Epstein’s past with the law

Epstein, now 66, is a financier who once counted among his friends President Trump and former president Bill Clinton. His alleged victims have long claimed the criminal justice system treated him differently because of his wealth and political connections, and his treatment has come under significant media and legal scrutiny.

Epstein’s alleged victims have sued in civil court. The Washington Post and the Miami Herald, for example, have detailed in investigative reports how then-U.S. Attorney Alexander Acosta, now Trump’s labor secretary, shelved a 53-page federal indictment that could have put Epstein behind bars for life in favor of the deal that allowed him to plead guilty only to state charges. Acosta has defended the arrangement as guaranteeing that Epstein would go to jail.

The Justice Department’s Office of Professional Responsibility revealed earlier this year that it was probing whether the attorneys handling the case previously committed “professional misconduct.” At the news conference, law enforcement officials credited the work of investigative journalists with helping move the case forward.

In the new case, Epstein seems to be encountering a far more aggressive Justice Department.

He was taken into custody over the weekend at Teterboro Airport in New Jersey, where his private jet had just landed from Paris, and jailed pending his court appearance Monday. Federal prison records show he was housed at the Metropolitan Correctional Center in Manhattan. The federal detention center has a fearsome reputation; one inmate who spent time there and at Guantanamo Bay in Cuba said the military detention facility was “more pleasant.”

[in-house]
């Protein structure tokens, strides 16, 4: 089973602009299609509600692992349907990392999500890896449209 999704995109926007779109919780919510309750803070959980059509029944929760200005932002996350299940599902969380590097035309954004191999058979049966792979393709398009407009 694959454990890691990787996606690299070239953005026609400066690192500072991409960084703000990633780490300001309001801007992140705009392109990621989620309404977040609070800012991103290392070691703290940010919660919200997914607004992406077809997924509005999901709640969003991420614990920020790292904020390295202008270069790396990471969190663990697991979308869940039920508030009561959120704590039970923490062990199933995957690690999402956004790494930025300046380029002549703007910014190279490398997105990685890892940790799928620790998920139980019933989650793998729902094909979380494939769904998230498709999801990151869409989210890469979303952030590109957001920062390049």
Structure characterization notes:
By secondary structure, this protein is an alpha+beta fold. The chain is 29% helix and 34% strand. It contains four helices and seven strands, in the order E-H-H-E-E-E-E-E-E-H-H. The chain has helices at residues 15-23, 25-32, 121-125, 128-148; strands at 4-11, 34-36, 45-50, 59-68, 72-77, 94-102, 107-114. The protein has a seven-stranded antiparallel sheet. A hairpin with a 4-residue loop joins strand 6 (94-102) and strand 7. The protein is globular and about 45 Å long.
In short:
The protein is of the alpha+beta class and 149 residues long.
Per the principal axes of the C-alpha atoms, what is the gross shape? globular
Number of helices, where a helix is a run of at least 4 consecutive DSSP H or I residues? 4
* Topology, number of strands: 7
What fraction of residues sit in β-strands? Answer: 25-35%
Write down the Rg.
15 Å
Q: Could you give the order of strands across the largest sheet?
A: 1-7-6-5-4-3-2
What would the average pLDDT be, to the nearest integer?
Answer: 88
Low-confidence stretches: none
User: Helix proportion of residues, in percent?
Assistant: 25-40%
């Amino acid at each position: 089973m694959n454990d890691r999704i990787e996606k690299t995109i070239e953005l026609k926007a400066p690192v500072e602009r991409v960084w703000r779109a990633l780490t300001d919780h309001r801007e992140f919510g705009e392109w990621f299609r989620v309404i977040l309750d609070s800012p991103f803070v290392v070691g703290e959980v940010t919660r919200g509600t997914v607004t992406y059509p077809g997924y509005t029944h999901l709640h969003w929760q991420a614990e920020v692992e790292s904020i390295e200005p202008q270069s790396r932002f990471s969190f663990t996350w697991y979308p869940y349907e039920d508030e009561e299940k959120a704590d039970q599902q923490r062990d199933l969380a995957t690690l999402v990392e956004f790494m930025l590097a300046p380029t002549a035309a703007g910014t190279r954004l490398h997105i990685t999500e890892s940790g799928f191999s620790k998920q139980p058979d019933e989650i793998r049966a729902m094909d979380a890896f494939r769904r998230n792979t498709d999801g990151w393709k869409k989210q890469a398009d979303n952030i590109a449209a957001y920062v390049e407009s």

A ‘mission to put predators behind bars’

The case is being handled by public corruption prosecutors with Berman’s office, including Maurene Comey, the daughter of former FBI director James B. Comey.

Officials pleaded at the news conference for other victims to come forward to call the FBI’s tip line: 1-800-CALL-FBI (225-5324). They said that while sex trafficking was often ignored, in their jurisdiction, it would not be.

“Too often, adults in our society have turned a blind eye to this type of criminal behavior,” said William Sweeney, head of the FBI’s office in New York. “I have the privilege to represent and stand among many who make it our mission to put predators behind bars where they belong, regardless of the predators’ power, wealth, or perceived connections.”

He added: “Today I’m asking everyone to take a good look at this man. If you have been victimized in any way, or if you are someone who has any additional information about his alleged illegal behavior, we want to hear from you.”

Prosecutors could run into challenges if the new charges overlap with the conduct that was covered by Epstein’s guilty plea, though a person familiar with the case said officials were not particularly concerned about that. Berman said at the news conference that his office, the U.S. Attorney’s Office in the Southern District of New York, had not signed on to the previous agreement by prosecutors in Florida and thus was not bound by it.

While the indictment alleges that Epstein abused dozens of girls, it describes the specific ordeals of three women whom it says Epstein repeatedly abused over years.

Rep. Lois Frankel (D-Fla.), who confronted Acosta about his role in the plea deal during a congressional hearing, said: “For too long, Jeffrey Epstein has walked free and avoided the consequences of his crime. There are still many questions to be answered. With that said, this indictment is a positive step toward putting this sexual predator away and giving justice to the survivors.”

Sen. Ben Sasse (R-Neb.) said Epstein “should be prosecuted to the fullest extent of the law — power and wealth be damned. This man is a monster and his victims deserve justice.”

Merle reported from New York. Kimberly Kindy contributed to this report.